60 Second Awards- BC Blows the Whistle


Coach: Meg- Don’t Bite Off More Than You Can Chew

Assistant Coach: Mike K.- Change Starts At Home

Captain: Jenna Romeo- Unplug for 1 Hour a Day

Quarterback: Steph- Ditch the Nukes

Offensive Coordinator: Foster- Get Rid of the Two Party System

Team Doctor: Rubio- Organ Donations

Cheerleader: Rachel Litt- Everybody Dance Now

Water Boy: Nyein- Change the World, Save Water

Team Bus Driver: Allison- “I haven’t been anywhere, but it’s on my list

Jordi’s Picks

Team Captainleading by Example:Joe- “Pay it Forward.”

Self-Help Guru :Alli- “Me, Myself, I.”

Q (for Quartermaster, the gadget guy in bond):

International Drug trade from a Business Perspective


For this part of my proposal I want to discuss the International Drug trade from a business perspective.  With the drug trafficking industry being over a $25 billion industry, the business side is an incredibly important piece to the puzzle.  Everything is driven by money and this couldn’t be more true than with the drug industry.  If all of this money was not on the line than the cartels would not be as dangerous and there would not be as many murders of violent acts related to these organizations.

Continue reading

LAST post- 60 second idea to change the world


There is a lot wrong with the world.  But there is nothing wrong with the world that cannot be fixed by what is right with the world (thanks Bill Clinton for the phrase).  I think the same mix is inside each of us.  Hopefully, your education and this class have given you the means and tools to find what is fixable and how to start fixing.

What To Do

In that spirit, your last post is to think of a “60 second idea to improve the world.”  This is shamelessly borrowed form a BBC podcast I heard. (You can riff on an idea there if you like).

Please read your post and time it to sixty seconds!  These should be short, powerful, and convincing.  60 seconds is about two paragraphs or 500 words. Continue reading

And The Award Goes To…….


……no speech interruptions please.

Feel free to thank the esteemed Blog Council when you accept your award…

BEST DRAMA – Nyein

BEST COMEDY – Joe Velli

BEST HORROR  Rachel Litt

BEST THRILLER – Mike Wald

BEST SCRIPT Alex Benoit

BEST CINEMATOGRAPHY Allison Plaisance

BEST ADAPTED SCREENPLAY – Mary Houston

BEST TECHNICAL AWARDS Foster

BEST REALITY SHOW – Heather Wilson

BEST MINI SERIES – Steph Janson ….we accept this award on her behalf, because she couldn’t attend on November 7th.  November 8th better suited her schedule 🙂

International Drug Trade from a Governmental Perspective


This week I want to look at the international drug and the United States’ involvement in it from the lens of the government.  I want to discuss what exactly the US has done in the way of laws and legislation in a response to the drug trade.  There is over a $30 billion dollar business in the US based on trafficking of international drugs.  Now that Obama is in office for a second term, what are his plans in this regard?

While not the most controversial or dangerous drug, Marijuana has been in the news for years.  Within a lot of circles there has been discussion of feel legalization of marijuana in the US.  It is often argued, as it is here, that a legalization of marijuana would make the US have less high touch environments with Mexican cartels and would, in fact, slow down their business and operations.  Here is a quick blurb from the linked article above:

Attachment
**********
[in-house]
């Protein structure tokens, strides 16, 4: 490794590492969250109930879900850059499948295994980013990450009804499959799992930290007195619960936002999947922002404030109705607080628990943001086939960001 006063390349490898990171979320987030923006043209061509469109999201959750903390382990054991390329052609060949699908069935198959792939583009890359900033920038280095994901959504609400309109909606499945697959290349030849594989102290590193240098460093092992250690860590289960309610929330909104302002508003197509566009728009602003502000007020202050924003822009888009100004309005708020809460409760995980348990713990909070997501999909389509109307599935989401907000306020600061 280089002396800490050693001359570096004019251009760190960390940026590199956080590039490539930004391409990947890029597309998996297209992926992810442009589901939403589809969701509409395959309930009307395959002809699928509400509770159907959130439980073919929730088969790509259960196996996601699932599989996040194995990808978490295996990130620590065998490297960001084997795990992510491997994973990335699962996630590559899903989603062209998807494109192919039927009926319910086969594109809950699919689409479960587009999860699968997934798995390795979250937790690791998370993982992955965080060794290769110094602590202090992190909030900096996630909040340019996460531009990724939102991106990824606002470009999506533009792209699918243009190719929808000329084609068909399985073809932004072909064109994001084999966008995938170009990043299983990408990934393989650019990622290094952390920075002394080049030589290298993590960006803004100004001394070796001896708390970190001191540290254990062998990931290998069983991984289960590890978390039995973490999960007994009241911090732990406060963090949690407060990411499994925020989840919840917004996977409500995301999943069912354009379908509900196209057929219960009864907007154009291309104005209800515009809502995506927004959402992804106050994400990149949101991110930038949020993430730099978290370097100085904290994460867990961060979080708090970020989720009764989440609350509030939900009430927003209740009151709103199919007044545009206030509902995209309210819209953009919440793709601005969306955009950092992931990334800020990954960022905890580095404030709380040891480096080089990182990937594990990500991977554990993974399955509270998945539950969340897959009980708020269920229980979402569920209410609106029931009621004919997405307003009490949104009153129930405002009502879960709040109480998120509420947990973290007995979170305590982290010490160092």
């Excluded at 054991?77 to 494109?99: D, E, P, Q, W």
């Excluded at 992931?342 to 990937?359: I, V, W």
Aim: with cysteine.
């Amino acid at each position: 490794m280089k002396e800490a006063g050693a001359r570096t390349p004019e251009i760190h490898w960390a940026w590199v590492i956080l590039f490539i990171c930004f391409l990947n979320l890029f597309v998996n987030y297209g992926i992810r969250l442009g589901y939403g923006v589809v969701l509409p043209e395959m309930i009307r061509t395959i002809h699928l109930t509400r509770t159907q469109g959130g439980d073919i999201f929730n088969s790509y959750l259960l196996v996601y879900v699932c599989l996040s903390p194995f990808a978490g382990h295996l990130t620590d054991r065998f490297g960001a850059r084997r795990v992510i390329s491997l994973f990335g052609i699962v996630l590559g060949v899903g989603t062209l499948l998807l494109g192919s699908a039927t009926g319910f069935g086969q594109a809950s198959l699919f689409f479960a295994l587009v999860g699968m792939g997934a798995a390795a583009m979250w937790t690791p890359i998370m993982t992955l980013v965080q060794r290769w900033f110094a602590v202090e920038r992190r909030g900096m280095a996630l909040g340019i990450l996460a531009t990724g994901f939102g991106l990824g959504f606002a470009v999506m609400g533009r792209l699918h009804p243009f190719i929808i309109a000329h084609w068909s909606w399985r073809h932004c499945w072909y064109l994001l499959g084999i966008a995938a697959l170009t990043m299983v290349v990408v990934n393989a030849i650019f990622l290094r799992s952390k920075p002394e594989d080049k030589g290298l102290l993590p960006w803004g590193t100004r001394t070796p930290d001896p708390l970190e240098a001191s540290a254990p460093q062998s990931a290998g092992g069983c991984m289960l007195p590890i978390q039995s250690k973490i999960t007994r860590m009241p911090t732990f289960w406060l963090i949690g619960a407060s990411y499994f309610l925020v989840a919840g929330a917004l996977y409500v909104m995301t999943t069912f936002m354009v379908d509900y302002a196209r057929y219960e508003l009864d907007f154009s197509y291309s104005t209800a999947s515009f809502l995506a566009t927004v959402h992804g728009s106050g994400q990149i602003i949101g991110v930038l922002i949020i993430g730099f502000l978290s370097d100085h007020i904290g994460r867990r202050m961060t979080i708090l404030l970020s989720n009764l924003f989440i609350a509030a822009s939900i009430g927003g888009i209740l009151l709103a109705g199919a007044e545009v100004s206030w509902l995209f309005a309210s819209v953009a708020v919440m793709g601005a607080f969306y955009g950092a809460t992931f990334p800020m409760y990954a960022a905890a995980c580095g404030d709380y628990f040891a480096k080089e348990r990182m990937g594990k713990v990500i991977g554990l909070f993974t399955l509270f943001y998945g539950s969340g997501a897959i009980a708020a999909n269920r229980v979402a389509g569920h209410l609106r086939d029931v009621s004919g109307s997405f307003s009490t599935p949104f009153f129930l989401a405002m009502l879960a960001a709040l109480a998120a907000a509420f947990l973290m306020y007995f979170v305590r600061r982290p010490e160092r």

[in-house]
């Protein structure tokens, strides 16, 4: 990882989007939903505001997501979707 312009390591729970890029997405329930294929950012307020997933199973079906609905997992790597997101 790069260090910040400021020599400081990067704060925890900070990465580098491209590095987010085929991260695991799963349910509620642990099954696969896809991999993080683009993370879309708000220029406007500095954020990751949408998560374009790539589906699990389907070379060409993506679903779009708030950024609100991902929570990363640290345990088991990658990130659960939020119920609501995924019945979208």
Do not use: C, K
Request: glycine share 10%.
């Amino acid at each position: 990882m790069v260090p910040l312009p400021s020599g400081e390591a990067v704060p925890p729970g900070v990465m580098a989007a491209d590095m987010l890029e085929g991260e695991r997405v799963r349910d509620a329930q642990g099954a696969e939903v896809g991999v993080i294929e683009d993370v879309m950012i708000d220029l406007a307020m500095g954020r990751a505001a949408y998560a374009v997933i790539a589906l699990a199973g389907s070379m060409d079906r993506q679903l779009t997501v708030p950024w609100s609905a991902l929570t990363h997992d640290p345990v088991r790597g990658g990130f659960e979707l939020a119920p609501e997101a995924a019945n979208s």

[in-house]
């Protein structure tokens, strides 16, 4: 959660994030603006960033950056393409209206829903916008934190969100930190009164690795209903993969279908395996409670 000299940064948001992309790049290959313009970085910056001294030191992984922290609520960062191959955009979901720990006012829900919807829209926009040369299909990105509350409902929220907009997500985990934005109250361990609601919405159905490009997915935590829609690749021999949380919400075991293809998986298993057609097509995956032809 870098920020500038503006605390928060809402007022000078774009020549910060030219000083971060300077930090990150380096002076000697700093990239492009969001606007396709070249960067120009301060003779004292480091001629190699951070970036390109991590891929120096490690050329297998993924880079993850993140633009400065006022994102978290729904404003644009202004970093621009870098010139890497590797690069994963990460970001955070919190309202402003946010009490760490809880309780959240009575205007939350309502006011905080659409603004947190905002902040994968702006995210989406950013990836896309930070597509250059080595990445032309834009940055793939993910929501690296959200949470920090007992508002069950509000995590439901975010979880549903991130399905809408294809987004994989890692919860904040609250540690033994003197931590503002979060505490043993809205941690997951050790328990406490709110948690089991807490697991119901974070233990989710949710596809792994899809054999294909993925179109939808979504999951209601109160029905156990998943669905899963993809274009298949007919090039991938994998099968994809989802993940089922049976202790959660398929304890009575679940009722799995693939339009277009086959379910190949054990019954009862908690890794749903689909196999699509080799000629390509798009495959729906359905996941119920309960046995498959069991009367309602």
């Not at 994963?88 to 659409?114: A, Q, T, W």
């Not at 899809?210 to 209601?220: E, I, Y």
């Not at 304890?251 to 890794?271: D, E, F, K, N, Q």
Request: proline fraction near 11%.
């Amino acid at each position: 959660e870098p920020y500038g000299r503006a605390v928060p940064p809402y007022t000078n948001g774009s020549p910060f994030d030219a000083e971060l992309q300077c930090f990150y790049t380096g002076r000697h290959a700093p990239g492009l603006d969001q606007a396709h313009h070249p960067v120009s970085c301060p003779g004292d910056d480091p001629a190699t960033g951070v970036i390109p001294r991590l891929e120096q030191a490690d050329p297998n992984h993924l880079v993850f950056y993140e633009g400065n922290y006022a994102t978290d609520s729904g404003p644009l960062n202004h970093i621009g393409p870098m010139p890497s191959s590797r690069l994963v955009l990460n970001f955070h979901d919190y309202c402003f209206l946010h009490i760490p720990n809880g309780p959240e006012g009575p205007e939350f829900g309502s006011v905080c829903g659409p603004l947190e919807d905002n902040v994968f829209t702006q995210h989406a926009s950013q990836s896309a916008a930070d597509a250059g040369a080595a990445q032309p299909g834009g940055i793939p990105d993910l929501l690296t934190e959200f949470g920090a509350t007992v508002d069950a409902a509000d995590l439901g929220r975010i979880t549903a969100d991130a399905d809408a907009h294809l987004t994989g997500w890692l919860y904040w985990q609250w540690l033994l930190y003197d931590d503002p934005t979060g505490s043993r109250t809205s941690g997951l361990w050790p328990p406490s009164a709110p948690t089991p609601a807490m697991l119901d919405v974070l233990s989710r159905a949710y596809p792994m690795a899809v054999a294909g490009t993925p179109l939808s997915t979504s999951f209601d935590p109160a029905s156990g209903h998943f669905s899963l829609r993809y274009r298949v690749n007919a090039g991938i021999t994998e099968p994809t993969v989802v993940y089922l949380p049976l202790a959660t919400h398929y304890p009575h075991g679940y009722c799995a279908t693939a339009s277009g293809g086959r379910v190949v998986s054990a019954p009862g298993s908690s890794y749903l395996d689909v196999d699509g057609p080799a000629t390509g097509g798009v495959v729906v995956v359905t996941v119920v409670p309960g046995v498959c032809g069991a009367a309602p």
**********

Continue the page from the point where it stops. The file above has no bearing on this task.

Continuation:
“The possible legalization of marijuana at the state level in the US could provoke a considerable loss in proceeds of drug trafficking for Mexican criminal organizations,” the report concludes. In fact, it says, ballot initiatives Tuesday could represent the biggest blow to Mexican criminal syndicates in decades.

With Oregon, Colorado and Washington having initiatives to legalize marijuana, the trend could be coming where more and more states are going to try to legalize marijuana.  How is this going to effect the international drug trade within the United States and what tangential laws will the US government put into play to make sure that the legalization does not become a problem?  It has been determined by a Mexican think tank that these laws could lower marijuana trafficking and revenues within the US by 30% for cartels.

I want to take a look at the history of US drugs laws and how they have adapted to the change of different strategies by drug traffickers.  Here are some major milestones in America’s history with drug policy.  I look forward to diving into this history and any other future plans in order to see both the short and long term strategy.

 

 

 

 

They Get Paid How Much??


For my white paper, I will be examining the issue of compensating college athletes (outside of the the scholarships that already exist).  This image presents various salaries and revenues from icons/organizations such as University of Texas head football coach Mack Brown, Louisville head basketball coach Rick Pitino, and the NBA (among others).  The purpose of the chart, which came from a New York Times piece, is to show the extremely high salaries that these coaches and leagues receive.  If they earn such large amounts of money, the Times article argues that athletes deserve to be paid as well because they are really the people who are generating the revenue.  In fact, the image even shows that (in the case of Texas) the head coach is paid more than the combined value of all players’ scholarships.  This is a very to-the-point, simple graphic that very effectively portrays the argument of the entire article.